Bears sighted in Pittsboro

BY CASEY MANN, News + Record Staff
Posted 7/11/19

PITTSBORO — Footage of several bear sightings over the weekend in Pittsboro have spread across social media, with one video being viewed more than 20,000 times.

Chatham County resident Lisa …

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Bears sighted in Pittsboro

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PITTSBORO — Footage of several bear sightings over the weekend in Pittsboro have spread across social media, with one video being viewed more than 20,000 times.

Chatham County resident Lisa Langley, while on her way to church last Sunday, captured video of a bear crossing the US-64 bypass near the 15-501 interchange.

Well, it was definitely shocking,” Langley said.“It was right in front of me. It was exciting. I’ve seen bears in Chatham County on hunting cameras, but I was surprised to see it where we were.”

Another bear sighting was reported last weekend in the front yard of a residence on Pete Robertson Road, just off of NC 902 four miles south of Pittsboro.

Although not an everyday occurrence, bear sightings are not uncommon in Chatham County, particularly this time of year. 

According to the North Carolina Wildlife Resources Commission, bears are typically found in the mountains and coastal plain, though sightings in the Piedmont often occur between May and July.

According to statistics from the North Carolina Wildlife Resources Commission, interactions between humans and bears have been on the rise in North Carolina.

In 2017, observations and complaints about black bears increased 100 percent, from 592 in 2016 to 1,167 in 2017,” a Commission report states.

Of those interactions, a majority occur from May through July when “bears are more active due to increased traveling to locate scarce spring natural food resources.”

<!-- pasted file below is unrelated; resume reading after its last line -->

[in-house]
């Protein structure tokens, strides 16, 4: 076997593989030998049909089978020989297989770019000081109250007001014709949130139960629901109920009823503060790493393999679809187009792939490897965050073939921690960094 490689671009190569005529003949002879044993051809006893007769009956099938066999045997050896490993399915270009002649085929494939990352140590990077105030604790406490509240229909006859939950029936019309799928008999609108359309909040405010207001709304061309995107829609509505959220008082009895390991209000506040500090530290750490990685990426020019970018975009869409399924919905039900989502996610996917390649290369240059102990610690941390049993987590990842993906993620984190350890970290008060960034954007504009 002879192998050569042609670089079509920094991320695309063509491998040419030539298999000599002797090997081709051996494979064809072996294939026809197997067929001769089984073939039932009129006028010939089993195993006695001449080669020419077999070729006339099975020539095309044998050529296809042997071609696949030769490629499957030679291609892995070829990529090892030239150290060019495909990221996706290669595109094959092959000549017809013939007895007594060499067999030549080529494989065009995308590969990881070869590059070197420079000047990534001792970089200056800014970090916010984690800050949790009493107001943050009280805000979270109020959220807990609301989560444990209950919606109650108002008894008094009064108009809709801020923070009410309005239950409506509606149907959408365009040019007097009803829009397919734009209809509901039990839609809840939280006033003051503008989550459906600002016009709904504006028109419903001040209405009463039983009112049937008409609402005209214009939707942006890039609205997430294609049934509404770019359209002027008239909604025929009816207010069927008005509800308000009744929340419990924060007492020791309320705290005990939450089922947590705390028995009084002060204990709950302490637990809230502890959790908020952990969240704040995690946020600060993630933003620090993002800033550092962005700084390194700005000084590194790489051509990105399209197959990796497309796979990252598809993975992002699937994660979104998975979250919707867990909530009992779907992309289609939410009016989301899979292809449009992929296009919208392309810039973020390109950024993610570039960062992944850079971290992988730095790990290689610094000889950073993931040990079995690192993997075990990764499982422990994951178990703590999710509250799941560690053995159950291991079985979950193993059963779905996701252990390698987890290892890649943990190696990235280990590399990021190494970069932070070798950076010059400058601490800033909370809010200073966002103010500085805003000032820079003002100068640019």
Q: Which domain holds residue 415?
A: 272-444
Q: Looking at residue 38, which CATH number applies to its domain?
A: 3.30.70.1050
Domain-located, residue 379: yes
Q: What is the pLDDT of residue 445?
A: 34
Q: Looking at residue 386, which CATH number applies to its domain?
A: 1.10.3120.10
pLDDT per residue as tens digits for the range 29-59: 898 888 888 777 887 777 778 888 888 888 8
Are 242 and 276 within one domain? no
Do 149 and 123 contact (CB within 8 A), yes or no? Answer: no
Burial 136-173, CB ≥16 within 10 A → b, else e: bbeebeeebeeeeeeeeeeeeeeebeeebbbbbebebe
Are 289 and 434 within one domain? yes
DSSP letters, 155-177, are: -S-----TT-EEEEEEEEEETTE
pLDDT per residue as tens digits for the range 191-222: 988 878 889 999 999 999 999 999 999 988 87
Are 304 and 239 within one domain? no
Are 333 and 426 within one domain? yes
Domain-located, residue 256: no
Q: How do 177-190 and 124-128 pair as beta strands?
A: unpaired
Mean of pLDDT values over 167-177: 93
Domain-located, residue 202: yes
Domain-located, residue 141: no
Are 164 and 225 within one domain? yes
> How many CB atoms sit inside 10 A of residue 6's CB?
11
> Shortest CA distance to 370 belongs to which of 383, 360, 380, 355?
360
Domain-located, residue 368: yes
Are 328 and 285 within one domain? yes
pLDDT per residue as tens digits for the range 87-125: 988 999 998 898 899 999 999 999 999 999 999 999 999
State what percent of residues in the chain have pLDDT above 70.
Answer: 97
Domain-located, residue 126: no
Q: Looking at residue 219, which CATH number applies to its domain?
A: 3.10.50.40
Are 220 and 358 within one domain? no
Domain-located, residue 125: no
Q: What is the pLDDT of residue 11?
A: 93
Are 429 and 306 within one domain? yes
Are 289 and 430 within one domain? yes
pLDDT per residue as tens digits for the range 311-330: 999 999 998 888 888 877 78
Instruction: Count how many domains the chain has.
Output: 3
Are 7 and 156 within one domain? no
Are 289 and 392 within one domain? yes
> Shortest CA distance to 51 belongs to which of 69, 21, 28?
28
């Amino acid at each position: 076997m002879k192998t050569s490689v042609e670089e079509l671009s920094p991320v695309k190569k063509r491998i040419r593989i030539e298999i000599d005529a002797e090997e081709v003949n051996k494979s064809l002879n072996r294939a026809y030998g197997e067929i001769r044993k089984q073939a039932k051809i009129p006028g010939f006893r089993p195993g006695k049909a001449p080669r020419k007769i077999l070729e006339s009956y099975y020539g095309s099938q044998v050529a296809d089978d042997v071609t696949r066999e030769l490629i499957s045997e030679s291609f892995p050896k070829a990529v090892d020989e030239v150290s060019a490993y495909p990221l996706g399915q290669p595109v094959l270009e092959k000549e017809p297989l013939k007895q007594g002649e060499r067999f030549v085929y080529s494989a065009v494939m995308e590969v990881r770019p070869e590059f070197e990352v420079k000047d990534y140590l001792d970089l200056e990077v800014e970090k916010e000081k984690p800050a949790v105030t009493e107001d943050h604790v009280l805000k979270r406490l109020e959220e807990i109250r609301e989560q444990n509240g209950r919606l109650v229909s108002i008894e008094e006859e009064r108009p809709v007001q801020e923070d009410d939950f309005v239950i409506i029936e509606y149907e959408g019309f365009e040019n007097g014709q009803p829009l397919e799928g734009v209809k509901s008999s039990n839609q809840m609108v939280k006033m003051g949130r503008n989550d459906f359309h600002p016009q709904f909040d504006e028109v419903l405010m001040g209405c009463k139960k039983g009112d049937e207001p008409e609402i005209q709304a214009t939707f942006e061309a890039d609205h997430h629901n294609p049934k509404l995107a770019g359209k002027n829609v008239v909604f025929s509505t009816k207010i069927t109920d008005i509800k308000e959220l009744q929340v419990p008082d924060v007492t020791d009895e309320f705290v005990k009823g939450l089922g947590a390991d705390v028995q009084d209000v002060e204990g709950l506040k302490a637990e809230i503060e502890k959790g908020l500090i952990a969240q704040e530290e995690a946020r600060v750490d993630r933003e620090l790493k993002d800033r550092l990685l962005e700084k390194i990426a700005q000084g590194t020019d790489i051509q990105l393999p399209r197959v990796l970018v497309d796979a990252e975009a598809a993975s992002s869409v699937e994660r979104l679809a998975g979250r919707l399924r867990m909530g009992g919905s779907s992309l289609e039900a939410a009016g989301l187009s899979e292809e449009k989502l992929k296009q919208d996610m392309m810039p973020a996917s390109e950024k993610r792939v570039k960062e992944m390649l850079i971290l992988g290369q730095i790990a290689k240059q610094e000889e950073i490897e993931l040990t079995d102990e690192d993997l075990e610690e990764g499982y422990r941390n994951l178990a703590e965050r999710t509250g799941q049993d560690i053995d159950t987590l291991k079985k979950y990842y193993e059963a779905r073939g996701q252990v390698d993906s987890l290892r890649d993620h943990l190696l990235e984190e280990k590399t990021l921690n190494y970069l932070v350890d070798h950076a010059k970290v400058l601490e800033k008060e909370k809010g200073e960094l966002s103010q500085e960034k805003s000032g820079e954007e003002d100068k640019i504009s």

A press release from the North Carolina Wildlife Resources Commission from April notes that “while bears are not inherently dangerous and are rarely aggressive toward people, biologists urge people to be cautious and follow the BearWise Basics to reduce potential conflicts and live responsibly with black bears.”

BearWise Basics

Never feed a bear. Feeding bears, either on purpose or by accident, will train the bear to approach homes and people for more food. 

To prevent unintentional feeding, secure food, garbage, and recyclables. Use garbage cans that have secure latching systems. 

Remove bird feeders during this active time

Never leave pet food outside. 

Clean and store grills after use to avoid attracting bears. 

Keep neighbors aware of bear activity and ways to avoid attracting them

Install electric fencing to protect bee hives (another favorite of black bears), gardens, and compost piles. Bears, once tasting honey, bee larva, and the bees themselves, will likely raid bee yards, according to the Commission. 

And if one bear finds the bee hives, other bears will likely follow,” according to the Commission’s website.

Tips for protecting your bee hives

Beehives should be located at least 50 yards from forest tree lines or other sources of cover for bears.

Electric fencing is the most effective and efficient method for preventing bear damage to beehives.

Electric fencing can either be made permanent, for a bee yard that will not be moved, or temporary.

Electric fencing is the least expensive way of solving most bear depredation problems in bee yards.

Fencing is only effective if it is maintained.

No matter where you are or where you live, if you encounter a bear, the most important thing to do is leave the bear alone. Don’t try to feed it or chase it off — we can’t stress this enough,” said Colleen Olfenbuttel, the Commission’s black bear and furbearer biologist. “Crowds of people can unnerve a bear, perhaps causing it to act defensively.”

The Commission suggests using the Commission’s N.C. Wildlife Helpline toll-free at 866-318-2401. The call center is open Monday through Friday (excluding holidays) from 8 a.m. to 5 p.m.

When Commission staff receive a report of a transient bear in an area, they assess the situation to determine if the bear poses a threat to public safety or property, or if the bear is significantly threatened,” the release reads. “In almost all cases, the Wildlife Commission advises that the best approach is a hands-off approach, allowing the bear to leave on its own.”

Reporter Casey Mann can be reached at



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